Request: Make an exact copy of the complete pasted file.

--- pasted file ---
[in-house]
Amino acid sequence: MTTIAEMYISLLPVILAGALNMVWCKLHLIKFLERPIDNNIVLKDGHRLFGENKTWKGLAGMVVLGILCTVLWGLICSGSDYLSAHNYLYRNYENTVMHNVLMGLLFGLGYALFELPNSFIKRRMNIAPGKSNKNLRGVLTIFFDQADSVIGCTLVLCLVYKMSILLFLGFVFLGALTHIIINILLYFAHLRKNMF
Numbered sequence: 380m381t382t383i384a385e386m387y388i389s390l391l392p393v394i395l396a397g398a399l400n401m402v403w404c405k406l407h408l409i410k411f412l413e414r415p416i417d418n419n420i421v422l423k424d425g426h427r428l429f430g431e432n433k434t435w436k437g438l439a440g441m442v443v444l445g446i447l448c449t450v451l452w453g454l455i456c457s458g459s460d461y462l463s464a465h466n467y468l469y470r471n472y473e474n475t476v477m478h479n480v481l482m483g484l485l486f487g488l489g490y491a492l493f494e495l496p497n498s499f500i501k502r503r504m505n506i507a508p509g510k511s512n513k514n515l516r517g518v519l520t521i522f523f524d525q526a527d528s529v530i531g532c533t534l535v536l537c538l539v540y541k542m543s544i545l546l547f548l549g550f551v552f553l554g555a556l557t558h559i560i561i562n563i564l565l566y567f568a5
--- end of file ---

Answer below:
[in-house]
Amino acid sequence: MTTIAEMYISLLPVILAGALNMVWCKLHLIKFLERPIDNNIVLKDGHRLFGENKTWKGLAGMVVLGILCTVLWGLICSGSDYLSAHNYLYRNYENTVMHNVLMGLLFGLGYALFELPNSFIKRRMNIAPGKSNKNLRGVLTIFFDQADSVIGCTLVLCLVYKMSILLFLGFVFLGALTHIIINILLYFAHLRKNMF
Numbered sequence: 380m381t382t383i384a385e386m387y388i389s390l391l392p393v394i395l396a397g398a399l400n401m402v403w404c405k406l407h408l409i410k411f412l413e414r415p416i417d418n419n420i421v422l423k424d425g426h427r428l429f430g431e432n433k434t435w436k437g438l439a440g441m442v443v444l445g446i447l448c449t450v451l452w453g454l455i456c457s458g459s460d461y462l463s464a465h466n467y468l469y470r471n472y473e474n475t476v477m478h479n480v481l482m483g484l485l486f487g488l489g490y491a492l493f494e495l496p497n498s499f500i501k502r503r504m505n506i507a508p509g510k511s512n513k514n515l516r517g518v519l520t521i522f523f524d525q526a527d528s529v530i531g532c533t534l535v536l537c538l539v540y541k542m543s544i545l546l547f548l549g550f551v552f553l554g555a556l557t558h559i560i561i562n563i564l565l566y567f568a5